Skip to Content


Sustainable Initiatives

We are committed to promoting creative solutions for ‘closing the loop’ by actively identifying supplies made from recycled products. Bid documents include clauses for the proper disposal of all waste and packaging materials associated with shipping materials to the university. 

Education and university support are the keys to the success of our programs and initiatives.

Our staff assists departments by offering suggestions for:

  • reducing their solid waste.
  • alternative sources of recycled products.
  • promoting the availability of products made from recycled products.

We make this information accessible in a variety of ways. We believe it will increase environmentally-sound decision making among faculty and staff who are purchasing goods, if we continue to present opportunities for them to be active participants in sustainability practices. 


We suggest purchasing furniture for the university from the commercial secondary (used) furniture market whenever possible as a viable option for obtaining items of good quality at a considerably lower cost than new items. Visual inspection is highly recommended prior to purchase. Selecting recycled furniture from commercial dealers that specialize in quality new brands reduces the chances of purchasing less-than-desirable items.

The university has made great efforts to identify government entities and charitable organizations to receive used dormitory furniture. Once approved by the state, furniture can be removed from university buildings by selected organizations. This saves the university the cost of removal and benefits the organization at the same time.

Some of the organizations that benefited from this program:

  • Rural Manpower
  • Foreign Students Association
  • Alston Wilkes Society
  • Department of Mental Health
  • Prevent Child Abuse of South Carolina

The university currently utilizes the State Term Contracts for office supplies. Their catalog identifies numerous items as having recycled content by use of the recycle ‘loop’ symbol. The copy paper purchased through the state recycled paper contract has a 30 percent recycled content, which meets federal guidelines.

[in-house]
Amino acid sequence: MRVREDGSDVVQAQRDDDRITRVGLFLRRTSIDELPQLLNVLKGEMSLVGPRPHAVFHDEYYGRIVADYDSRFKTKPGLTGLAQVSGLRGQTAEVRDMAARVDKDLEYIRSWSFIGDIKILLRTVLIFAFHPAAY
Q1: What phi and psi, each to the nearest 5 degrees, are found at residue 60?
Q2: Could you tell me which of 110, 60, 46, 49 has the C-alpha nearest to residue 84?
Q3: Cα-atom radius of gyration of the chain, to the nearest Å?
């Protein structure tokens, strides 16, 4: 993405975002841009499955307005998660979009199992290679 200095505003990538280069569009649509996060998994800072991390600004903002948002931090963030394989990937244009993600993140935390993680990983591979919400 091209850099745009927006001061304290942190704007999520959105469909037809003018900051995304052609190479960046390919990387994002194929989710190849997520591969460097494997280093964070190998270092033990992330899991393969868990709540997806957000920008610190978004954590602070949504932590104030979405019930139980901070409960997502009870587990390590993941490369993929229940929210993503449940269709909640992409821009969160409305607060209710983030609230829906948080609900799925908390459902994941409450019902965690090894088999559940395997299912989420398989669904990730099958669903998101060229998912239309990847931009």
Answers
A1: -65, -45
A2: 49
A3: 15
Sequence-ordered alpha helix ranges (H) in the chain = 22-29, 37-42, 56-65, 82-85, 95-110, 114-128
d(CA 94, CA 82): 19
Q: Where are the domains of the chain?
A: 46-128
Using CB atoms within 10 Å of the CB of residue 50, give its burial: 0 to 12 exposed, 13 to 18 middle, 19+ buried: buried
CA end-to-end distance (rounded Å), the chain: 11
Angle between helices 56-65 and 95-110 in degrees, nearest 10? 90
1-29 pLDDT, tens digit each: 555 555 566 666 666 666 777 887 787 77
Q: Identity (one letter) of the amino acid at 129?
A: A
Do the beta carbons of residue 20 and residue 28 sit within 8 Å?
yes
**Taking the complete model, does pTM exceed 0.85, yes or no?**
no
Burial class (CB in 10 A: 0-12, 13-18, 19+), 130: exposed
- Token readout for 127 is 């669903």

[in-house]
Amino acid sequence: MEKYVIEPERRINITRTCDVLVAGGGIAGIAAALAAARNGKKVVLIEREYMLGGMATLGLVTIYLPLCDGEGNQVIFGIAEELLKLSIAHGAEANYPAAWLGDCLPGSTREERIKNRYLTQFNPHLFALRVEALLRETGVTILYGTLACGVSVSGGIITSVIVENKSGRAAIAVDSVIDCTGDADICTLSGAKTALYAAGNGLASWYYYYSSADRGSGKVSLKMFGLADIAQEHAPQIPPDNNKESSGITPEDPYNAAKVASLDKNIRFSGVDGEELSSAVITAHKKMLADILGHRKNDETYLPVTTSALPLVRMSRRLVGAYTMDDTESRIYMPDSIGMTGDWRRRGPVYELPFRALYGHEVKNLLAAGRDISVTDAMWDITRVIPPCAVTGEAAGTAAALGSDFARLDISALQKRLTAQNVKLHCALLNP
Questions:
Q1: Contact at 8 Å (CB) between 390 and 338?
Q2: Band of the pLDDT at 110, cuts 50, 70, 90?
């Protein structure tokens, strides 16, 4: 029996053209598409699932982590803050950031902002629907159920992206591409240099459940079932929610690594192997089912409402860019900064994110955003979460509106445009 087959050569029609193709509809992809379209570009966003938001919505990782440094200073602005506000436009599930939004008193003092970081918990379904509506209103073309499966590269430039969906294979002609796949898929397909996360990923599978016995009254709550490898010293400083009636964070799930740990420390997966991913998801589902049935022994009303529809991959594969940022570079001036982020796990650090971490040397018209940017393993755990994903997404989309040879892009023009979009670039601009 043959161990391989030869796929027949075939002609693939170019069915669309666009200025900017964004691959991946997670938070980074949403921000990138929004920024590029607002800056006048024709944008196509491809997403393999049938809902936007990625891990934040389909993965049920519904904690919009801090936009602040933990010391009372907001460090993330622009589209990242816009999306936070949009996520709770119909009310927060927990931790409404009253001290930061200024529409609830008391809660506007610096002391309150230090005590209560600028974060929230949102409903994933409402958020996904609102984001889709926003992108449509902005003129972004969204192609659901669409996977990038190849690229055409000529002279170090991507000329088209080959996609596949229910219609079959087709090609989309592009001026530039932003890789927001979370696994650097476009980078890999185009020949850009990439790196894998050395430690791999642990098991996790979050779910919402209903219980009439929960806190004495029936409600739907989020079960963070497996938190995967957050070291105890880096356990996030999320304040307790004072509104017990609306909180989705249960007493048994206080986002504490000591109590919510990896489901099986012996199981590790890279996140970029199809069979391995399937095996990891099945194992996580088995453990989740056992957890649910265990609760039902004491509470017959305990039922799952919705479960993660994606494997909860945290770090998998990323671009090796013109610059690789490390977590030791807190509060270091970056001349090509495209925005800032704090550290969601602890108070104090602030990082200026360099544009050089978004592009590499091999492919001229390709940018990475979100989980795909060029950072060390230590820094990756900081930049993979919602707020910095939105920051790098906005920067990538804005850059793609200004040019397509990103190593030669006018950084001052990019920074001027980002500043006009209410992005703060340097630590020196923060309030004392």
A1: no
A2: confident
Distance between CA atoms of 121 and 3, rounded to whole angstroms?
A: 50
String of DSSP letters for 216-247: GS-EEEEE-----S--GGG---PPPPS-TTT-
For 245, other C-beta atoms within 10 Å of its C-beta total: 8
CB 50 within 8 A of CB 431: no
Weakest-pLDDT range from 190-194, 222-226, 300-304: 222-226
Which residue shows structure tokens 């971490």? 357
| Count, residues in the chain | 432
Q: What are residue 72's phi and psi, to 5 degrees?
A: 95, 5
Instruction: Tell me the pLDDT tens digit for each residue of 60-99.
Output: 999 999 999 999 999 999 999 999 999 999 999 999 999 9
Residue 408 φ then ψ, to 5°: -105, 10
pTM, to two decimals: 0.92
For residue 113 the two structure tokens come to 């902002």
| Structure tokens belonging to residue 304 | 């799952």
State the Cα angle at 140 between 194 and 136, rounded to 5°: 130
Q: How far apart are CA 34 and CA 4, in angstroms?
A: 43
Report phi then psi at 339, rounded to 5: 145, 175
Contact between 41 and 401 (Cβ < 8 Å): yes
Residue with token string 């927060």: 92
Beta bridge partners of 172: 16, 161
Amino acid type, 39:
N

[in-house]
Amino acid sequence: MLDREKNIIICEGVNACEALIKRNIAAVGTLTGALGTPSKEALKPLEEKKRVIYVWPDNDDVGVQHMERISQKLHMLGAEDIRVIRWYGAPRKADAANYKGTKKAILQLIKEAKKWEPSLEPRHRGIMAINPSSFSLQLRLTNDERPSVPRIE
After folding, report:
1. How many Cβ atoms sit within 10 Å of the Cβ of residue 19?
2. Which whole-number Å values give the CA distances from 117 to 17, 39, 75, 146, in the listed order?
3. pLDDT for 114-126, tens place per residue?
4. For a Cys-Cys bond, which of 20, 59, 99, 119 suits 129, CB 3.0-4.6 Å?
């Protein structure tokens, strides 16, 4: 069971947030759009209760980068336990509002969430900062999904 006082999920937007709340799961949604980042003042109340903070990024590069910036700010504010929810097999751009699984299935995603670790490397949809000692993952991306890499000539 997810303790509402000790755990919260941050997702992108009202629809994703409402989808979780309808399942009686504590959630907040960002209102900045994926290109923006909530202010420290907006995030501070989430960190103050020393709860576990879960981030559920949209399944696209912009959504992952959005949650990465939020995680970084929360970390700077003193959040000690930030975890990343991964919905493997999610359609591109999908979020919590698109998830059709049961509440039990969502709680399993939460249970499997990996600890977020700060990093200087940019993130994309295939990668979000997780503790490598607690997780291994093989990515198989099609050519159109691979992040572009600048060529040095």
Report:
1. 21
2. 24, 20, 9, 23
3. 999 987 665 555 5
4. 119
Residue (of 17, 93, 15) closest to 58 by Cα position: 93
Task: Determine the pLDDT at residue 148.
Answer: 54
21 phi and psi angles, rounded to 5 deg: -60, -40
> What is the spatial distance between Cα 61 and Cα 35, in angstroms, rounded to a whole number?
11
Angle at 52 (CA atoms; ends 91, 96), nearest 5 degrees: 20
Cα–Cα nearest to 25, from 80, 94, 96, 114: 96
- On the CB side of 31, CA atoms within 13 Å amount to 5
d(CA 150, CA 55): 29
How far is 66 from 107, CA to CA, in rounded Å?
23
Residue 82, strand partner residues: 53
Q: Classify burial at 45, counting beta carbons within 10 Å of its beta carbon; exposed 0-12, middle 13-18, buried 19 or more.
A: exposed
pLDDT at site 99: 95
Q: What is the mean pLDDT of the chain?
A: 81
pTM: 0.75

Consolidated Services stocks only copy paper, tissue and towels that have recycled content.

Total Cases Used on Campus Last Fiscal Year
Items Quantity
Hand Towels (roll) 5,604 cases
Hand Towels (fold) 1,851 cases
Toilet Tissue (rolls)  1,149 cases 
Toilet Tissue (canister rolls)  3,527 cases 
Copy Paper  12,050 cases 
Bond Paper  3,100 reams 

Consolidated Services collects items for recycling or resale within the guidelines of state law, diverting tons of materials from landfills every year. When items are returned to inventory control, we attempt to reuse them elsewhere on campus.

When no need has been found for the items, they are:

  • sold to a recycler.
  • sent to State Surplus to be available to the public and other government agencies.
  • donated to charitable organizations.
  • sent to a landfill (as a last resort).

The Purchasing Department has established a contract for the disposal and recycling of surplus electronic equipment that have been declared as surplus and no longer provides a need for either the university or the state. The university ships this material, at the contractor’s expense, to their facility in Georgia for processing.

The university was one of the first agencies in South Carolina to establish a contract for the disposal of electronic surplus by awarding it to a contractor who would not only pay to remove it but dismantle the equipment to produce ‘raw’ material for re-sell to manufacturers. The state is presently evaluating the establishment of a similar statewide contract for all agencies to utilize.

The contractor specializes in the recycling and reclaiming of electronic components. The surplus electronic items are transferred to their facility for reclaiming. The university is paid a rate of $0.0175/pound for the items. Although the rate appears to be low, it does allow the university to generate revenue and divert much of the waste from landfills. This is just one example of our successful initiatives to seek alternate means of diverting waste from landfills for disposal.

Items Quantity
Miscellaneous Scrap 166 tons
Scrap Electronics 115 tons

Challenge the conventional. Create the exceptional. No Limits.